You'll need the root certificate PEM file for your CA.
0. Before you begin
This example uses the ACME dns-01 challenge type, with Google Cloud DNS.
We'll create a service account on Google Cloud that cert-manager will use to solve DNS challenges.
For other DNS providers, or other ACME challenge types, you'll need to change the challenge solver settings below.
1. Create a Kubernetes cluster
For this tutorial, I created a Google Compute Engine VM running a kind cluster.
I'm using kind for testing, but pretty much any Kubernetes cluster will do.
Next, create a ConfigMap that contains your ACME server's CA certificate.
To find your certificate's PEM file, select your CA in the Google Cloud CAS Console, and view your CA certificate under the Actions menu.
Create a file called internal-ca.yaml, replacing the certificate shown here with your own:
[REPLACE with your CA certificate]
-----END CERTIFICATE-----kind: ConfigMap
$ kubectl apply -f internal-ca.yaml
To inject this ConfigMap into cert-manager, we need to patch the cert-manager Deployment to add the CA certificate as a container volume mount.
Create a file called cm-ca-patch.yaml:
configMap:# Provide the name of the ConfigMap containing the files you want# to add to the containername: ca-pemstore
Cert-manager is now configured to trust your ACME CA.
3. Create a GCP service account and import its credentials
Not using Google Cloud Platform? You can skip this step and configure the cert-manager Issuer in step 4 to use a different challenge solver.
See cert-manager's documentation for http-01 and dns-01 solvers.
We're going to have cert-manager solve dns-01 ACME challenges.
So, it will need to be able to manage DNS entries.
Let's create a Google Cloud Platform service account with the roles/dns.admin role. Replace the PROJECT_ID here with your own:
Finally, let's create an cert-manager Issuer to perform dns-01 ACME challenges. Make a new file called acme-issuer.yaml:
solvers:-dns01:cloudDNS:# Your Google Cloud Platform project ID:project: step-cas-test
# Your Google CloudDNS zone name we will use for DNS01 challenges:hostedZoneName: step-cas-internal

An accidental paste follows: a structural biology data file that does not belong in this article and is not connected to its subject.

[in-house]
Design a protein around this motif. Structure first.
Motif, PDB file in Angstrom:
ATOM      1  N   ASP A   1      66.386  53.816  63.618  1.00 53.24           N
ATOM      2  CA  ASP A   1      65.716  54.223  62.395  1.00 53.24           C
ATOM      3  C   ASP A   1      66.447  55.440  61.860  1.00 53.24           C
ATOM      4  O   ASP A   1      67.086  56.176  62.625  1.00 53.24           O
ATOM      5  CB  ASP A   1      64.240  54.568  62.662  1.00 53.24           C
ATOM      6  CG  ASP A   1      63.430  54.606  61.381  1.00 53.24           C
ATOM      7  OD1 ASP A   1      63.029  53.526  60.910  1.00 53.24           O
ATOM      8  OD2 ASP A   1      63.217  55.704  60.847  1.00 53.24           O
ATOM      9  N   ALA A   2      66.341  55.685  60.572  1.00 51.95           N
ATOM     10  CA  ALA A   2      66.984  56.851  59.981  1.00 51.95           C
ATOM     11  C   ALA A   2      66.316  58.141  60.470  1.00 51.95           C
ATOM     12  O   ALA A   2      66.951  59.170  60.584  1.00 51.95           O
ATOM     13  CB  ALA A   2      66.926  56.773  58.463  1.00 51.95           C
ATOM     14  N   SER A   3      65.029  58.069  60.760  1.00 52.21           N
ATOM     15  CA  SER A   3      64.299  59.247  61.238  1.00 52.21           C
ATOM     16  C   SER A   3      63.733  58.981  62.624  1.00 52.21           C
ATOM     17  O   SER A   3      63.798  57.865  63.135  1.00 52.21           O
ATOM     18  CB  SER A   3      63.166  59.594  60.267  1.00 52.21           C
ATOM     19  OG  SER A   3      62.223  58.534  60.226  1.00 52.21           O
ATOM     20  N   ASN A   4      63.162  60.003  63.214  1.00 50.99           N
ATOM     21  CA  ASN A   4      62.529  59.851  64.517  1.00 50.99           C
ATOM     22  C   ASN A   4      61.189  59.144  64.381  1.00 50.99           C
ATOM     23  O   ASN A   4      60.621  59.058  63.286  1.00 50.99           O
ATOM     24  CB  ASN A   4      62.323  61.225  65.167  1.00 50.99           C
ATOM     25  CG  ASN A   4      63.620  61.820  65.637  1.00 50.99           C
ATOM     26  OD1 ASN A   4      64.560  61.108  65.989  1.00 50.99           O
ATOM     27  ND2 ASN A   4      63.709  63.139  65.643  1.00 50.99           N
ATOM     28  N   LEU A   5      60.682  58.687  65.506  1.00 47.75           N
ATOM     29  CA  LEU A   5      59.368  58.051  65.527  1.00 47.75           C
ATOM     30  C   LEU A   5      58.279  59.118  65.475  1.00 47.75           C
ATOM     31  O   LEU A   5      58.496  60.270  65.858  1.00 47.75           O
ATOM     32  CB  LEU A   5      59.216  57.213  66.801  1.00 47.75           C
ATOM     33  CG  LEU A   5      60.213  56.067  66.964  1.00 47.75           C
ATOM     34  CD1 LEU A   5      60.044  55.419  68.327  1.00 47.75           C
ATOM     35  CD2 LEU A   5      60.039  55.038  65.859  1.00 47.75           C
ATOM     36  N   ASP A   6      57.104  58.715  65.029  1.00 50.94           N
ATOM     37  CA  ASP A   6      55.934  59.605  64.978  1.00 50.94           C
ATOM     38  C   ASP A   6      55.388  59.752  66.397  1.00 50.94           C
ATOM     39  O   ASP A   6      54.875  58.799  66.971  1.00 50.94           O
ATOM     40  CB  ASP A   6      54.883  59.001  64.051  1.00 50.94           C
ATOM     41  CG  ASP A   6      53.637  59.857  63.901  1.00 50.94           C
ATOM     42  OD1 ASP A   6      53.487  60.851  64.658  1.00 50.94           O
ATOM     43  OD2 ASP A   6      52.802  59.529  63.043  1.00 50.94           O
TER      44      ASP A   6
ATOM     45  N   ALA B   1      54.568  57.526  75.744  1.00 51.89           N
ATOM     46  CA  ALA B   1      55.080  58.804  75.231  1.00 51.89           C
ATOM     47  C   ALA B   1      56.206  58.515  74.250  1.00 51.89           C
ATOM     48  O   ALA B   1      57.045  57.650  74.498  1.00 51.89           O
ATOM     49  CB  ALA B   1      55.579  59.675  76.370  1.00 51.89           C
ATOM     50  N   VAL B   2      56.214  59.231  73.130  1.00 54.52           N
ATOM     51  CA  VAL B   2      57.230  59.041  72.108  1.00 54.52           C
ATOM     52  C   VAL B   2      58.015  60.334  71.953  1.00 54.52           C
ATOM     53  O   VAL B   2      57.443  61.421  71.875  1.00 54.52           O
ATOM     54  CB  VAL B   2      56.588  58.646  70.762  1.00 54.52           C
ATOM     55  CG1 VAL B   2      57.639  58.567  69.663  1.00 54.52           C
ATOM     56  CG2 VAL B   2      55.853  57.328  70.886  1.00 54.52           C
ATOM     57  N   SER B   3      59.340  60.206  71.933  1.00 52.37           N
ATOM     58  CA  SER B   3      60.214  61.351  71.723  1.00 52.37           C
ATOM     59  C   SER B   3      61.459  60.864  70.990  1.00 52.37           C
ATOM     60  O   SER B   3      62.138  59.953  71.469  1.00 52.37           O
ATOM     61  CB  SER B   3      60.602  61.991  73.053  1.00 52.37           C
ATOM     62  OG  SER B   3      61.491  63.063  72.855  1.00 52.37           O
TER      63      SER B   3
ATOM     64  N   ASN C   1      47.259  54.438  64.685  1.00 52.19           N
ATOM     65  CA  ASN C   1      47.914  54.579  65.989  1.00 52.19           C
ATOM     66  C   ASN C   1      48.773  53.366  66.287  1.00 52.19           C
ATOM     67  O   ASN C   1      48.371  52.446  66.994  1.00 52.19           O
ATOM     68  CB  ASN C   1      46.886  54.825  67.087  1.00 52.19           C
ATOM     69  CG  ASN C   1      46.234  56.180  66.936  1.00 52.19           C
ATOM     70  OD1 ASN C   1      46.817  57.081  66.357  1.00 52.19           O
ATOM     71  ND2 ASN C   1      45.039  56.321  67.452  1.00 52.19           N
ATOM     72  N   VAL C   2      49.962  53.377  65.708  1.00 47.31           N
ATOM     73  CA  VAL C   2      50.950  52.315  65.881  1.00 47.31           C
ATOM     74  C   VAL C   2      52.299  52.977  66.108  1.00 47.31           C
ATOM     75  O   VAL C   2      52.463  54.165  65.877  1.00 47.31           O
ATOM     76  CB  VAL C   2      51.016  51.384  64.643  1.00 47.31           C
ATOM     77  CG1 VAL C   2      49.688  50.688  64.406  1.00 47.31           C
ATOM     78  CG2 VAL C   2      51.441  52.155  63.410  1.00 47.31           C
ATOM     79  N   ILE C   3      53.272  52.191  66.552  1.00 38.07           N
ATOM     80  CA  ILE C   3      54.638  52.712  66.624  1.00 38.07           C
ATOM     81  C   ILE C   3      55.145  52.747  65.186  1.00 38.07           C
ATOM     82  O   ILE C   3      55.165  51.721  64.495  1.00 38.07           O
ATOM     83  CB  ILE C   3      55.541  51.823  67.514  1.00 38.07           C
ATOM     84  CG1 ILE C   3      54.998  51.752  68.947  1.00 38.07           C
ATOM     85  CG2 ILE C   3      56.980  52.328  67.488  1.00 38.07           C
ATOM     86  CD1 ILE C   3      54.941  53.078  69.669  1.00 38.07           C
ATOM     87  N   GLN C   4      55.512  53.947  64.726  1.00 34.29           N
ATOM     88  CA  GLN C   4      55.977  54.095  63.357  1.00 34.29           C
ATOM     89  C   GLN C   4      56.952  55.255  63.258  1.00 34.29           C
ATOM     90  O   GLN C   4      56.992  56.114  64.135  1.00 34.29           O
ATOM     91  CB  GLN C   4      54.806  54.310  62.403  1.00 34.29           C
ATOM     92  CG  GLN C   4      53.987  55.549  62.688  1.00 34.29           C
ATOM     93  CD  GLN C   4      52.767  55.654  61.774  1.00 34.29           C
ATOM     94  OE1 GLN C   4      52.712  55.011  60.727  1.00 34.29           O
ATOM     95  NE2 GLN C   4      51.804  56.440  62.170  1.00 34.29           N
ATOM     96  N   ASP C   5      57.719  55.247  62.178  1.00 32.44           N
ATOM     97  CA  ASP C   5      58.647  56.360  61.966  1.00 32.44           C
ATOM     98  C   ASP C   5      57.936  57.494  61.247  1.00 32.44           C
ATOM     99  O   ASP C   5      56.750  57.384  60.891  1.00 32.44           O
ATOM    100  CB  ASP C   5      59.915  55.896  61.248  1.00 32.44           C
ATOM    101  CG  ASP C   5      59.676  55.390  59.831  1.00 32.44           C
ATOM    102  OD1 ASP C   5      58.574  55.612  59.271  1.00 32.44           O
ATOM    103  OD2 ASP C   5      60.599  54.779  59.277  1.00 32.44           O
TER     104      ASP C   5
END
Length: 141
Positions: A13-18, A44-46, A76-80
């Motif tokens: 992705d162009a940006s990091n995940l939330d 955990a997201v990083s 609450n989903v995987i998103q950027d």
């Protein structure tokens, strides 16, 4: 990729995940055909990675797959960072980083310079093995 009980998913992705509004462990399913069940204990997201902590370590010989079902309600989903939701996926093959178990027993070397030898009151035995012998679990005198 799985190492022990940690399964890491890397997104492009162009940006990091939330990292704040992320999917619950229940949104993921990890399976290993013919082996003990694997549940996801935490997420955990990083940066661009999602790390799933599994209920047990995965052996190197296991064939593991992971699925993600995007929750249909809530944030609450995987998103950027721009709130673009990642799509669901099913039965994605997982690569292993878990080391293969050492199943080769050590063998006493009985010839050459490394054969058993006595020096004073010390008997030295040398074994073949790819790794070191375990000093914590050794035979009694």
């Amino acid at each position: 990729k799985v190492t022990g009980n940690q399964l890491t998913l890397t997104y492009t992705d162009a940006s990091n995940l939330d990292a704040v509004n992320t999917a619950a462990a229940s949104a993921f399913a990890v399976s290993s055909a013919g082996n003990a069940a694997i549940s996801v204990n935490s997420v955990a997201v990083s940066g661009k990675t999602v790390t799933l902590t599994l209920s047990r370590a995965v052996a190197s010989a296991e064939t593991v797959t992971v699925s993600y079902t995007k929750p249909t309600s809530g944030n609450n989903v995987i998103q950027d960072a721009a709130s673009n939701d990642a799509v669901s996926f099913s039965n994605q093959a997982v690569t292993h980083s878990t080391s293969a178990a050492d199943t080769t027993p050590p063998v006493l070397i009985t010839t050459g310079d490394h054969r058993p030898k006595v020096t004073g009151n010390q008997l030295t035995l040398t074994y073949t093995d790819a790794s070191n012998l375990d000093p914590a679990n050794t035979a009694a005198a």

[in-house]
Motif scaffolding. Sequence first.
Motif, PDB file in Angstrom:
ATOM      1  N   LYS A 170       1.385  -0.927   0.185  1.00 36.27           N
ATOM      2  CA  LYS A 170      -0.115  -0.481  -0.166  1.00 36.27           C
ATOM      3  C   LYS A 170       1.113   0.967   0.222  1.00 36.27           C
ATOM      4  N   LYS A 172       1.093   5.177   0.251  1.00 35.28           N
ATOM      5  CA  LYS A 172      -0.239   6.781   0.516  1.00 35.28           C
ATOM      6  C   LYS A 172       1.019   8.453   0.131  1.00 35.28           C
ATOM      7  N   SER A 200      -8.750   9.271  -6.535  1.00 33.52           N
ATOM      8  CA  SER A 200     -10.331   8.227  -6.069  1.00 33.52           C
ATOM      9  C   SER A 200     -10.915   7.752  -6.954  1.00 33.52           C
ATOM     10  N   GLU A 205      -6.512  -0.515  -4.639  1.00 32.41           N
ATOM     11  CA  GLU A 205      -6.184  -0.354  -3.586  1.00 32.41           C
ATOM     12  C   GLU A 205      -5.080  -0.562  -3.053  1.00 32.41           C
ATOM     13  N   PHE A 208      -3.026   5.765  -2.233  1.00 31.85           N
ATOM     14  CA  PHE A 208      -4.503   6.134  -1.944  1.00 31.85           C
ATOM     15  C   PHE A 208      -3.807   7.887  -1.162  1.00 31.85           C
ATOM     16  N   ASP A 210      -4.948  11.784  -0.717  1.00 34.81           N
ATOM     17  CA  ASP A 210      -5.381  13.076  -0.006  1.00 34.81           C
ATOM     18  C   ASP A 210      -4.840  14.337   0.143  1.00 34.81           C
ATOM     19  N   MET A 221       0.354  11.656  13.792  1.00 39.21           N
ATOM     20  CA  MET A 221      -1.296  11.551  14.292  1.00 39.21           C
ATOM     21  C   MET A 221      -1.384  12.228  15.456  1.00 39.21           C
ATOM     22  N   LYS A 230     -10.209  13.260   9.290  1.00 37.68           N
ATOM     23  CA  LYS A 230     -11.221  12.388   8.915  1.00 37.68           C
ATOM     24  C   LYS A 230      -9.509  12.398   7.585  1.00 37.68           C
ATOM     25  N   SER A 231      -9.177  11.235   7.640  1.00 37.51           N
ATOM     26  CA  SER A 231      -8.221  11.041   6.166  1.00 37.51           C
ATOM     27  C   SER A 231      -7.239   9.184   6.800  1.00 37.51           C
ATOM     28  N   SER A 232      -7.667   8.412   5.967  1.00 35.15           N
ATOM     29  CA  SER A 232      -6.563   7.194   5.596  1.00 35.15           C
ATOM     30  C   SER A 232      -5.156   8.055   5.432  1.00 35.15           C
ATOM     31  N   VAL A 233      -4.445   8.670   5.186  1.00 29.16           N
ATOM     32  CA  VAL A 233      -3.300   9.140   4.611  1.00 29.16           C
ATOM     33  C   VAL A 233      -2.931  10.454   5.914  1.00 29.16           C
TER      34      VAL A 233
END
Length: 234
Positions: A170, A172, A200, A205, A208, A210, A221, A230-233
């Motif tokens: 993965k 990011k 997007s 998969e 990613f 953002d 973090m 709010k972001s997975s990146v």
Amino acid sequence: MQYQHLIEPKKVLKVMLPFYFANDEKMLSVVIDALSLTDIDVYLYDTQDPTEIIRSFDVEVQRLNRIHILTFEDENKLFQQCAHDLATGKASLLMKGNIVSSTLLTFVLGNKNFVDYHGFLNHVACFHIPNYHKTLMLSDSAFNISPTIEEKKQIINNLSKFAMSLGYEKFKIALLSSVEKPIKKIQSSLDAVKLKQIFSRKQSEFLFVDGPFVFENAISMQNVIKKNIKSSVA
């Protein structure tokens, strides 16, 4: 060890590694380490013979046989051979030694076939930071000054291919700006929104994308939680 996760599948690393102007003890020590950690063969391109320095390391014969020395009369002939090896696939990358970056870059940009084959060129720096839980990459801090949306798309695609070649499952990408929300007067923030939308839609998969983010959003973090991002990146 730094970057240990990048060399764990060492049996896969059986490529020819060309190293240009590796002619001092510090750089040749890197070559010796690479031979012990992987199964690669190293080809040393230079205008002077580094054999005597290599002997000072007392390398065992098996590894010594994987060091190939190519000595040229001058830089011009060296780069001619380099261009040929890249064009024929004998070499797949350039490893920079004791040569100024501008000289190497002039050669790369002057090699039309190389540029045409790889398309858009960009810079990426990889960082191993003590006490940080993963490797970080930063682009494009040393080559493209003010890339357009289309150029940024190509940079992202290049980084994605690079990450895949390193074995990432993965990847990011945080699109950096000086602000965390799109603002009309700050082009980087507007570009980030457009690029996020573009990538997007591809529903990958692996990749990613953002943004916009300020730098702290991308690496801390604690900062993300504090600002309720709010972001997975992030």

Replace the values for email, server URL, project and hostedZoneName with your own. Your Smallstep ACME endpoint will always take the form of https://[your CA hostname]/acme/acme/directory.
$ kubectl apply -f acme-issuer.yaml
You now have an automated ACME certificate manager running inside your Kubernetes cluster.
5. Issue a test certificate
Let's get a test certificate from our ACME CA, using a Certificate object. Create a file called tls-certificate.yaml:
Replace the dnsNames value with a DNS name that's inside your zone.
$ kubectl apply -f tls-certificate.yaml
You can check the status with kubectl get certificaterequest or kubectl describe certificate:
$ kubectl get certificaterequest
NAME READY AGE
k8s-internal-nzbnm True 7s
$ kubectl describe certificate k8s-internal
Creation Timestamp: 2020-11-03T23:06:46Z
Secret Name: k8s-internal-tls
Last Transition Time: 2020-11-03T23:11:01Z
Message: Certificate is up to date and has not expired
Not After: 2020-11-04T23:11:01Z
Not Before: 2020-11-03T23:11:01Z
Renewal Time: 2020-11-04T15:11:01Z
Type Reason Age From Message
---- ------ ---- ---- -------
Normal Issuing 10m cert-manager Issuing certificate as Secret does not exist
Normal Generated 10m cert-manager Stored new private key in temporary Secret resource "k8s-internal-g79jq"
Normal Requested 10m cert-manager Created new CertificateRequest resource "k8s-internal-nzbnm"
Normal Issuing 9m33s cert-manager The certificate has been successfully issued
As you can see, cert-manager will automatically renew the certificate when approximately 2/3 of its lifetime has elapsed.
That's it! You now have automated, short-lived certificates for your Kubernetes cluster. There are many use cases for X.509 certificates issued through cert-manager.